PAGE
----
The apps and programs that no longer work. The computer files you can no longer access. The photos that vanish leaving a blank space in the album.
Now your memory goes on the blink and you forget faces and voices, friends, phone numbers, addresses, street names, the houses where people live, when to turn, where the best parking spots are, how far you can walk, where you were really going, and what you were sent out to buy.
Snow banks don’t help: that banked-up whiteness, that sticking out of the car’s snout into traffic, that stretch of your neck peering round corners. How many number plates have vanished into those white mists? How many cars? How many phone numbers have you forgotten?
You have forgotten the birthdays of your closest family and friends. When was your father born? When did he die? When and where did you bury him? Did you actually scatter his ashes or did someone else do it for you? When was your cousin born? When did he die? How close were you at the beginning, in the middle, and at the end? What color were his eyes, his hair? Did he even have any, hair, I mean of course?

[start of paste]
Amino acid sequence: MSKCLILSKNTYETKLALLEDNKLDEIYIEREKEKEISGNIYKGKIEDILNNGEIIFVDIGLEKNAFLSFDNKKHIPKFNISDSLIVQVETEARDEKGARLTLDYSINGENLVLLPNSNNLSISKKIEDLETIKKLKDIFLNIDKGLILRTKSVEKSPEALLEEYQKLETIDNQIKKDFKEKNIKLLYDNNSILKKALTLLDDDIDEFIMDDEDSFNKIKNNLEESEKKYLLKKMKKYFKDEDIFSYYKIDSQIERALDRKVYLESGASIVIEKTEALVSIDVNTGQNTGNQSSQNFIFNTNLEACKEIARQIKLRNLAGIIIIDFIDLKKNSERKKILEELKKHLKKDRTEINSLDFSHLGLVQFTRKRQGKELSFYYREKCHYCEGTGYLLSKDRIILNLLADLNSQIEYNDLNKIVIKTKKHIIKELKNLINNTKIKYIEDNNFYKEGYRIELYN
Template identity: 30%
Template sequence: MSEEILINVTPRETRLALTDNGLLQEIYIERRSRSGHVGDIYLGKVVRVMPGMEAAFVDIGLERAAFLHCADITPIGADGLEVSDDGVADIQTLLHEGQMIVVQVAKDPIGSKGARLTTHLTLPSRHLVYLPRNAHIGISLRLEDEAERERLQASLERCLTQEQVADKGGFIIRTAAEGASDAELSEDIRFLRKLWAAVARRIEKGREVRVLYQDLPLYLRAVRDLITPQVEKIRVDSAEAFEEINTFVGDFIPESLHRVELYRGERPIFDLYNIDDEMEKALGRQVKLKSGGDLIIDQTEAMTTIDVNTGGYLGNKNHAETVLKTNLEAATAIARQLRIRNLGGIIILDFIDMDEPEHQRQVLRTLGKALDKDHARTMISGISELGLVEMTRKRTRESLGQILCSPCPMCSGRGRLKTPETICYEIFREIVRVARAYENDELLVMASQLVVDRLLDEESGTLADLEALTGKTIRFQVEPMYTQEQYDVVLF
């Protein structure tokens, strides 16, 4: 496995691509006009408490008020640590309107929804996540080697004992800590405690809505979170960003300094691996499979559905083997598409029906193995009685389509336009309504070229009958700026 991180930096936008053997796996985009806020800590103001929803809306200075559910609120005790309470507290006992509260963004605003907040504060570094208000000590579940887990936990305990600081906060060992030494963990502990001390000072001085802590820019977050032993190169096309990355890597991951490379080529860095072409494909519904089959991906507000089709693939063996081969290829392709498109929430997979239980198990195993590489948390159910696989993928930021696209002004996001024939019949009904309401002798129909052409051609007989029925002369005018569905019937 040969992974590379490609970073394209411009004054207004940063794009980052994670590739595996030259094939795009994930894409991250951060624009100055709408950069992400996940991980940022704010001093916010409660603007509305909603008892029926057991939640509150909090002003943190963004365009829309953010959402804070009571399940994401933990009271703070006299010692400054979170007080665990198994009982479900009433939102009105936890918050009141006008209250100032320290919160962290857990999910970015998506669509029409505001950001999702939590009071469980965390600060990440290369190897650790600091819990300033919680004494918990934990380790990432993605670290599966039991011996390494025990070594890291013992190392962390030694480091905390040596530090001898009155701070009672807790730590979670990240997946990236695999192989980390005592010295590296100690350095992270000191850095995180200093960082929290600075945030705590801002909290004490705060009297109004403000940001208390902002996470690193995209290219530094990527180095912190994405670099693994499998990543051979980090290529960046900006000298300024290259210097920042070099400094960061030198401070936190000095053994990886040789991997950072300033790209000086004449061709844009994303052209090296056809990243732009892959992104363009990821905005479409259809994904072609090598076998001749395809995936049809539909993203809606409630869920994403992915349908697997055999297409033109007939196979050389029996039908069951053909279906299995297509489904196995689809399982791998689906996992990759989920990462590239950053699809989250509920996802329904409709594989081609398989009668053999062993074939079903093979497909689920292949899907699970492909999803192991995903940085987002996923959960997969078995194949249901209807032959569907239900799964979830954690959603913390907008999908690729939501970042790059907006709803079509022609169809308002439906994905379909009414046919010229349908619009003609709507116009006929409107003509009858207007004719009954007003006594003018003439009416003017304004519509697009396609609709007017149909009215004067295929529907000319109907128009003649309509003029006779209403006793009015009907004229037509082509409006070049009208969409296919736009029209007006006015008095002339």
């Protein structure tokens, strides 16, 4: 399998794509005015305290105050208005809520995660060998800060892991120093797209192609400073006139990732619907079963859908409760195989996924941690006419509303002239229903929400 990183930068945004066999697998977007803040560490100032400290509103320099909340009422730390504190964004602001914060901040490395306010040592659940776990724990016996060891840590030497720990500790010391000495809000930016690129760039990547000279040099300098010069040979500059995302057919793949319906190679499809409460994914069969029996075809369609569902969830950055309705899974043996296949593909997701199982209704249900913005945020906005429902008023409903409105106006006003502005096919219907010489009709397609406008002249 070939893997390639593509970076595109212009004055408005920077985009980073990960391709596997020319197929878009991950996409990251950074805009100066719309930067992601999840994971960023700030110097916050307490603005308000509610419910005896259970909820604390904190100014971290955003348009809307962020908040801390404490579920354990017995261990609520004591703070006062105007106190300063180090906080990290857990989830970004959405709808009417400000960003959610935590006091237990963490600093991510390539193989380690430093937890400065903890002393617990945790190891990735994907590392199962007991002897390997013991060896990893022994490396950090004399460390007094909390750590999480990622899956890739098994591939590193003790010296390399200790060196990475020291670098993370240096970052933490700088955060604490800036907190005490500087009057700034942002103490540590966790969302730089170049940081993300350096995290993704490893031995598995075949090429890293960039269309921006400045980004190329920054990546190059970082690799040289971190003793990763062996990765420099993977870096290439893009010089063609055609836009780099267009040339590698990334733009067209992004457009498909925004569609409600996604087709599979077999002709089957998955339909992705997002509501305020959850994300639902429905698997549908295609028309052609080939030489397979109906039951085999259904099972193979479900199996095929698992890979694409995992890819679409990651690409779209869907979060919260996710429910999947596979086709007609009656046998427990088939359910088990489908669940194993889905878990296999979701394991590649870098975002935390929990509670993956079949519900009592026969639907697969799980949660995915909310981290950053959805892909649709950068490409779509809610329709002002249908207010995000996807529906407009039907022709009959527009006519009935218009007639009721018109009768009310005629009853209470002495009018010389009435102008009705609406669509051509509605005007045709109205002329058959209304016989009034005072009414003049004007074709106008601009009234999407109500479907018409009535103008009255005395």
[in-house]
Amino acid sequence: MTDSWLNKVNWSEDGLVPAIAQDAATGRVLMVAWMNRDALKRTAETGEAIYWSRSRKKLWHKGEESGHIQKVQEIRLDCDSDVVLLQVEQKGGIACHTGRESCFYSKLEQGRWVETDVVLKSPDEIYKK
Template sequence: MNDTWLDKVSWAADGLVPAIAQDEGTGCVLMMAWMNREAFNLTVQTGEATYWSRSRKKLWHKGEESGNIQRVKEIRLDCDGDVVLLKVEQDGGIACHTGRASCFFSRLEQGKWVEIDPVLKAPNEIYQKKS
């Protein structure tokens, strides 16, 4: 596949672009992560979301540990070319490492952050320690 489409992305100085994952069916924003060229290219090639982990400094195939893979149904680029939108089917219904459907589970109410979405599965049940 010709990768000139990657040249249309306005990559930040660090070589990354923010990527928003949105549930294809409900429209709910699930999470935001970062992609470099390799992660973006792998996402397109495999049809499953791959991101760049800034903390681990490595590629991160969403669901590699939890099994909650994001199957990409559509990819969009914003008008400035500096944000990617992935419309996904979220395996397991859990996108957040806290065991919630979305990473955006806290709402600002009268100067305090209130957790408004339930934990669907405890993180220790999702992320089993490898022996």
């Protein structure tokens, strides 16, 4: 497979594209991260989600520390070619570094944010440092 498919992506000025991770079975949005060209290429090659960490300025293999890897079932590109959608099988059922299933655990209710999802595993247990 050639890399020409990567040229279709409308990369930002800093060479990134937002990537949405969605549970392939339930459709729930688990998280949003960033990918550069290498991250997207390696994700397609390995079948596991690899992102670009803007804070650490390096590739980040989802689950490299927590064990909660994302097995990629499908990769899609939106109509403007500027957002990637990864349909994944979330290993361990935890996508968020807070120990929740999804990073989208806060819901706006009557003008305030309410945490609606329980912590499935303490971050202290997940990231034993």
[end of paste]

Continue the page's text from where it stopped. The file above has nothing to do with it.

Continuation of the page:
What happened to that carton of eggs you abandoned in the store? Do you remember buying it, let alone leaving it there? How about your brothers, their faces, the sound of their voices? Did your own voice change when you emigrated?
Have those who live in Australia forgotten that they are Welsh? Do they speak like Australians, now, or do they still have those rich Welsh voices and rhythms that nobody in Wales ever wanted because they made us stand out when we moved, unwanted, to England? How many times have we, the Welsh, heard those threatening words: why don’t you go back home to Wales. Countless times, no doubt. In fact you have forgotten how many and you have forgotten so much.
Do you remember the parking spot in which you left your car? Do you recall your number plate or what model your car is, or what color?
“What day is it today,” you ask, for the second or third time. “I’m sure I know you,” you say to a friend who stops to talk to you in the shopping mall, “but I’m sorry, I can’t remember where we met and I can’t remember your name.”